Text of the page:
Cloudy Bay

Marlborough: Where The Wild Things Are

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Cloudy Bay

Globally acclaimed chef Ben Shewry returns to his Kiwi roots and creates a magical foraged feast with a bounty of product unearthed in Marlborough Cloudy Bay. By Tanya Buchanan.

One of the world’s best chefs, Ben Shewry of Melbourne’s Attica fame is waiting for us! We are foraging around Marlborough in New Zealand’s North Island and the epicurean bounty we return with is going to be the stock from which a degustation dinner for 30 people is prepared…

Ben grew up in New Zealand in North Taranaki and spent a happy and perfect foodie childhood, fishing and fossicking for food. Now foraging is having a moment and Ben is at the forefront with peers such as culinary superstar Rene Redzepi whose recent Sydney Noma pop-up created an incessant buzz Natural produce selection is their way of life, but for most of us high-speed, screen-attached mortals, the forage is not routine. Now like slow-drip coffee and real stationery the forage is seriously cool. At Cloudy Bay Vineyards it is in the DNA, in line with making beautiful wines from the area’s distinctive terrain – so naturally the invitation for Ben to visit to forage and feast was simpatico.

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But who knew that foraging was a competitive sport? Finding dinner ingredients in a scenic food bowl is hardly arduous but this is a tough audience. The trip’s contingent is an interesting mix of international writers and food and wine experts including TATA from China who has many millions of followers on social media. I am not sure he has done much foraging and apart from a couple of seasoned foodies it looks like we are forage virgins.

We are divided into four groups by the Cloudy Bay Vineyard experts and instructed to meet early the next morning to begin our quest. On my eastbound team is Kyoko Shinoda, a writer from Japan, Ch’ng Poh Tiong, a Singaporean wine expert, Matthew Crabbe, an Australian-born, Tokyo-based chef and, luckily, one local — Cloudy Bay’s viticulturalist Jim White.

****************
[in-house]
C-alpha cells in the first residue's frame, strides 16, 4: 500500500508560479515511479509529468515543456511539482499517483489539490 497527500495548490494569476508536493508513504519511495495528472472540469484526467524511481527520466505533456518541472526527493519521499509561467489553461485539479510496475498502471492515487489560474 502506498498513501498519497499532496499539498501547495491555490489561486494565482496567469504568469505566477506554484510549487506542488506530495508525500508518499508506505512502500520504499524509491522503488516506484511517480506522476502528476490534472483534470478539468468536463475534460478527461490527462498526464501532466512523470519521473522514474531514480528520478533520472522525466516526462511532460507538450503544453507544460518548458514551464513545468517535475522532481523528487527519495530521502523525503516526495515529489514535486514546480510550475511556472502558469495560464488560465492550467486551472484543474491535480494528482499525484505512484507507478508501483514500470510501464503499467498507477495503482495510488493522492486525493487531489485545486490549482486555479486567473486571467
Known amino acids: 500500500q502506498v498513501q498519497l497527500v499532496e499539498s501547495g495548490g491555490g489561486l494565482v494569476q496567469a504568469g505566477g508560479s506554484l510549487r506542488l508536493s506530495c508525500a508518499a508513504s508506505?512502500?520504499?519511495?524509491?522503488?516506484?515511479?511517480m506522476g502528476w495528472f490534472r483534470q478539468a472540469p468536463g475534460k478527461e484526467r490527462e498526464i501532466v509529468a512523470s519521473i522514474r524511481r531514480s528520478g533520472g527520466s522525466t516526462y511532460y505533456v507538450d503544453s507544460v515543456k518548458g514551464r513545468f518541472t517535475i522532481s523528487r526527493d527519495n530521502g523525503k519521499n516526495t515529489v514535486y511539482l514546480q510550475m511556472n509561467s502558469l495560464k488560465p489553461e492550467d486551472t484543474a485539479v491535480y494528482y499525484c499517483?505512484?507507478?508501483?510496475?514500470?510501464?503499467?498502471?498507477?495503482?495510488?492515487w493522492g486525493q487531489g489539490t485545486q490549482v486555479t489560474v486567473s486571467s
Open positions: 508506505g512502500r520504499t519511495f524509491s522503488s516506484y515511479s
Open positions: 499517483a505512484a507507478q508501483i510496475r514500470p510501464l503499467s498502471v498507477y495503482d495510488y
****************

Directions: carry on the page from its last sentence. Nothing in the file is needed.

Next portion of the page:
As the other teams head north, south and west, we set off in our little bus (and yes, traditional foragers would have been on foot) for a nondescript spot Jim has found in Blenheim where we retrieve a haul of river lettuce. Fresh honey is added to our stash after a meeting with the beekeepers of Putake Honey, then a search for clams reveals plenty. It is time-consuming but therapeutic — a rediscovery of discovery — like a trip back to childhood. And it is compulsive — finding clumps of clams is my sole obsession for about an hour.

Then we jump into a chopper for a spectacular flight over Marlborough’s limestoney landscape to meet Dennis Burkhart’s crayfish boat. After crayfish sandwiches and homemade neenish tarts eaten off the back of a ute and washed down with a fortifying drop of Cloudy Bay Chardonnay, we haul in some crays.

Later that day we hand over our goods to Ben and his somewhat bemused sous chefs. Our clams, honey, crayfish, river lettuce and one lone fish are bolstered by berries, river fish, figs, nuts and a venison from the other warns — some of the foragers even nonchalantly style their finds, much to my chagrin!

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The following day we tour the vineyards and enjoy more local produce while Ben and the team convert our raw ingredients into a menu of original dishes to be accompanied by a selection of Cloudy Bay’s finest wines.

At last our feast is ready and Ben introduces the menu. “This is an amazing little environment. I’ve cooked all over the world in cities and countrysides and to be honest this is one of the very best places I have found ingredients in my whole life,” Ben says. “These are all new dishes so we are not really sure what is going on but we are trying our best,” he says introducing one of the standout courses with classic understatement It is named ‘A 20m Walk to Uncle Joe’s’ because everything in the dish was sourced within 20 metres of Uncle Joe’s our farm which makes some of the finest, most pure nut oils in the world, and served with an incredible 2003 Cloudy Bay Sauvignon Blanc. “With this we were trying to make a respectful dish for these producers who are really passionate. Many of them don’t really understand what a high level they are operating at.”

After enjoying the outstanding 10-courses-plus triumph and heavenly wines, we decide that the same could be said for all of the players in this foraging finale.

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This story originally appeared in Belle Magazine. If you would like to read more of Belle Magazine head to